Two years into its life, the Nintendo Wii U has finally begun to gain some serious traction. Not too long ago, recommending the system to someone often came with a caveat: potential buyers had to consider their love towards selected first-party franchises. Now, as 2015 begins and games of the caliber of Xenoblade X and Star Fox appear on the horizon, the system begins to stretch its claws to gain ground on a number of different genres. Besides, considering its competitors have not been exactly stellar in terms of software releases either, the Wii U – backed by Nintendo’s almost failproof studios – rises as a viable option to all gamers.
As it still trails both Sony and Microsoft’s machines in terms of sales, it is hard to call it a financial or commercial success. However, as gamers, those two matters are of little to no importance when compared to the real defining factor for any console: games. And, as far as that field goes, the Wii U has indeed been a success.
It is, after all, a system that is currently the exclusive home of three of the best platformers in recent memory (Super Mario 3D World, Donkey Kong Country: Tropical Freeze, and New Super Mario Bros. U); one of the finest action games ever (Bayonetta 2); the best editions of two masterful multiplayer franchises (Mario Kart 8, and Super Smash Bros); one of Nintendo’s most creative games in years (Captain Toad: Treasure Trackers); a real-time strategy masterpiece (Pikmin 3); an inventive mini-game collection with high production values (Nintendo Land); a good Zelda spin-off (Hyrule Warriors); not to mention a set of solid third-party efforts (The Wonderful 101, Lego City Undercover, ZombiU).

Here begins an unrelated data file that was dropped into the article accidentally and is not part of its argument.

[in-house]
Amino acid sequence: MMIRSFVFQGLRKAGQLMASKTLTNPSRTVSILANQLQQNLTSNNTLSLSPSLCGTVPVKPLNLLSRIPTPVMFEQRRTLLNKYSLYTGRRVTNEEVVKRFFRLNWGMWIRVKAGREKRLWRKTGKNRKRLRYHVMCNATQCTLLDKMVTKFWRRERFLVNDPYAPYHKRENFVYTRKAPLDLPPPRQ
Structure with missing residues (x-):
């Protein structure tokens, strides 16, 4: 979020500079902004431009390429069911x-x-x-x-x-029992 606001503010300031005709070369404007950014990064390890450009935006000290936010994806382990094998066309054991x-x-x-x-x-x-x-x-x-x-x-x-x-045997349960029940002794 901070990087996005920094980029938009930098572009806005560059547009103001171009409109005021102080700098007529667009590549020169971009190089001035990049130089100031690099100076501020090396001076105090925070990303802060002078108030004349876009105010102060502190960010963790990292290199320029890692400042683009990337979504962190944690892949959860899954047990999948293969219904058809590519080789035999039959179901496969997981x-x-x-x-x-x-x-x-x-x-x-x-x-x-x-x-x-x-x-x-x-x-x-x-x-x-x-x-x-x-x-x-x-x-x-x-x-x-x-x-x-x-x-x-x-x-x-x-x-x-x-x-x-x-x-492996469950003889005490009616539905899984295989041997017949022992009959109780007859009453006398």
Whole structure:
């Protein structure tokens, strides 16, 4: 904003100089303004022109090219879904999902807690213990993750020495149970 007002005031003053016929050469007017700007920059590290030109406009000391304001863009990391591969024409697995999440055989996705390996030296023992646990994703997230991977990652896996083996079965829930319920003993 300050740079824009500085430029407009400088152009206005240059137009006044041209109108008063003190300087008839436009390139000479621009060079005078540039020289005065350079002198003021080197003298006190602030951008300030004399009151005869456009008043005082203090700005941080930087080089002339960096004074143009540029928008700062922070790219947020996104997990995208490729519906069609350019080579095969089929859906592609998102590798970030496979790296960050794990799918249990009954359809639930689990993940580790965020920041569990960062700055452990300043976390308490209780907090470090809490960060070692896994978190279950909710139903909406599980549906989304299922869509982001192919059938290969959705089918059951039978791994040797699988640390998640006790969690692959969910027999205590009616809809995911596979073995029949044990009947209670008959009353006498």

Interestingly, though, as it begins to stand up with its predecessor in relation to quality software, it becomes ever more blatant that both the Wii and the Wii U took very distinct paths in the building of an alluring library. It is a fact all the more surprising when we consider both pieces of hardware were conceived in very similar manners: the two chose to be less powerful than their peers and opted to make unique control schemes their calling cards. Yet, while the Wii succeeded spectacularly because of the Wiimote, the Wii U has been achieving glory despite the Gamepad.
Three reasons were key in the Wiimote’s, and consequently the Wii’s, widespread popularity: accessibility, flexibility, and practicality. It was a simple joystick that did away with hordes of buttons and replaced some of them with intuitive movements or pointer commands, hence making its commands easier to grasp. At the same time, with the addition of the Nunchuck, it could become something closer to a standard controller in terms of buttons and functionalities. Such flexibility made it overwhelmingly practical, for it could be used creatively in a number of different games.
In shooters such as Metroid Prime 3: Corruption, its pointer would become a straightforward and engaging manner to aim, comparable to the smooth simplicity of the mouse-and-keyboard setup. In sports games like Tiger Woods 10, its movements would be useful in the creation of immersive and challenging mechanics. In party games, such as those birthed by the Raving Rabbids franchise, its motion capture would be the fuel to creative activities.